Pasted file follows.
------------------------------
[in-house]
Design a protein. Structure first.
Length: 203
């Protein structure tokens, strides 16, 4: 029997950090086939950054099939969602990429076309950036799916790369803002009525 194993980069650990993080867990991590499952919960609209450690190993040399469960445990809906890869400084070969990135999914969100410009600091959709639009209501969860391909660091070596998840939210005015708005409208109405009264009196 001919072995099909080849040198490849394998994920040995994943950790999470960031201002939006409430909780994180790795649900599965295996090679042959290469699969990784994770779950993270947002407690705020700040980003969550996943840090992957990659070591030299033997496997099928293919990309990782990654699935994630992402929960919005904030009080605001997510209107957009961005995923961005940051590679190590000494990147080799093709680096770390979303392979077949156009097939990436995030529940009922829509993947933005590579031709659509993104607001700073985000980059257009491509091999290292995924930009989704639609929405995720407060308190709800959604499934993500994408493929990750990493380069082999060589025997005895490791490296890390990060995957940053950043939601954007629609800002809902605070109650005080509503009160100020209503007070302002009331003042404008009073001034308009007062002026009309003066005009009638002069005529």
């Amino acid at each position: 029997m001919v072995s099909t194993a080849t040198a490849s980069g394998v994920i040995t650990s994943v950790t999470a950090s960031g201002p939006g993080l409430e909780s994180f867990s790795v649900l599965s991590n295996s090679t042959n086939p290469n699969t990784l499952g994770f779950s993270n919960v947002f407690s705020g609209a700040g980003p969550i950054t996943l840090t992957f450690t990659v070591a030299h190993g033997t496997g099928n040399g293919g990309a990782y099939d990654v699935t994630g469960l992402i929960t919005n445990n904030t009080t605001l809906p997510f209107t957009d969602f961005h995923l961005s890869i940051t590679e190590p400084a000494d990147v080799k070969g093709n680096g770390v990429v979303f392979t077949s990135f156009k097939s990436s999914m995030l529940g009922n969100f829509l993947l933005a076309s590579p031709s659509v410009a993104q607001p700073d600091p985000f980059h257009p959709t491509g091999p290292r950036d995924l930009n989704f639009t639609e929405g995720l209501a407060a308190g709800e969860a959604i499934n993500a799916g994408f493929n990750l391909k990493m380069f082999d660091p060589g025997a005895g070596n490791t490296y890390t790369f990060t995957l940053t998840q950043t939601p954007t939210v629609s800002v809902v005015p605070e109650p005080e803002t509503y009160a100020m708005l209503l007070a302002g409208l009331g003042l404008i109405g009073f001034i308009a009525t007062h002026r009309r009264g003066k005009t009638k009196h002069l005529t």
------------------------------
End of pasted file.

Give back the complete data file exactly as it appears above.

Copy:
[in-house]
Design a protein. Structure first.
Length: 203
């Protein structure tokens, strides 16, 4: 029997950090086939950054099939969602990429076309950036799916790369803002009525 194993980069650990993080867990991590499952919960609209450690190993040399469960445990809906890869400084070969990135999914969100410009600091959709639009209501969860391909660091070596998840939210005015708005409208109405009264009196 001919072995099909080849040198490849394998994920040995994943950790999470960031201002939006409430909780994180790795649900599965295996090679042959290469699969990784994770779950993270947002407690705020700040980003969550996943840090992957990659070591030299033997496997099928293919990309990782990654699935994630992402929960919005904030009080605001997510209107957009961005995923961005940051590679190590000494990147080799093709680096770390979303392979077949156009097939990436995030529940009922829509993947933005590579031709659509993104607001700073985000980059257009491509091999290292995924930009989704639609929405995720407060308190709800959604499934993500994408493929990750990493380069082999060589025997005895490791490296890390990060995957940053950043939601954007629609800002809902605070109650005080509503009160100020209503007070302002009331003042404008009073001034308009007062002026009309003066005009009638002069005529």
């Amino acid at each position: 029997m001919v072995s099909t194993a080849t040198a490849s980069g394998v994920i040995t650990s994943v950790t999470a950090s960031g201002p939006g993080l409430e909780s994180f867990s790795v649900l599965s991590n295996s090679t042959n086939p290469n699969t990784l499952g994770f779950s993270n919960v947002f407690s705020g609209a700040g980003p969550i950054t996943l840090t992957f450690t990659v070591a030299h190993g033997t496997g099928n040399g293919g990309a990782y099939d990654v699935t994630g469960l992402i929960t919005n445990n904030t009080t605001l809906p997510f209107t957009d969602f961005h995923l961005s890869i940051t590679e190590p400084a000494d990147v080799k070969g093709n680096g770390v990429v979303f392979t077949s990135f156009k097939s990436s999914m995030l529940g009922n969100f829509l993947l933005a076309s590579p031709s659509v410009a993104q607001p700073d600091p985000f980059h257009p959709t491509g091999p290292r950036d995924l930009n989704f639009t639609e929405g995720l209501a407060a308190g709800e969860a959604i499934n993500a799916g994408f493929n990750l391909k990493m380069f082999d660091p060589g025997a005895g070596n490791t490296y890390t790369f990060t995957l940053t998840q950043t939601p954007t939210v629609s800002v809902v005015p605070e109650p005080e803002t509503y009160a100020m708005l209503l007070a302002g409208l009331g003042l404008i109405g009073f001034i308009a009525t007062h002026r009309r009264g003066k005009t009638k009196h002069l005529t």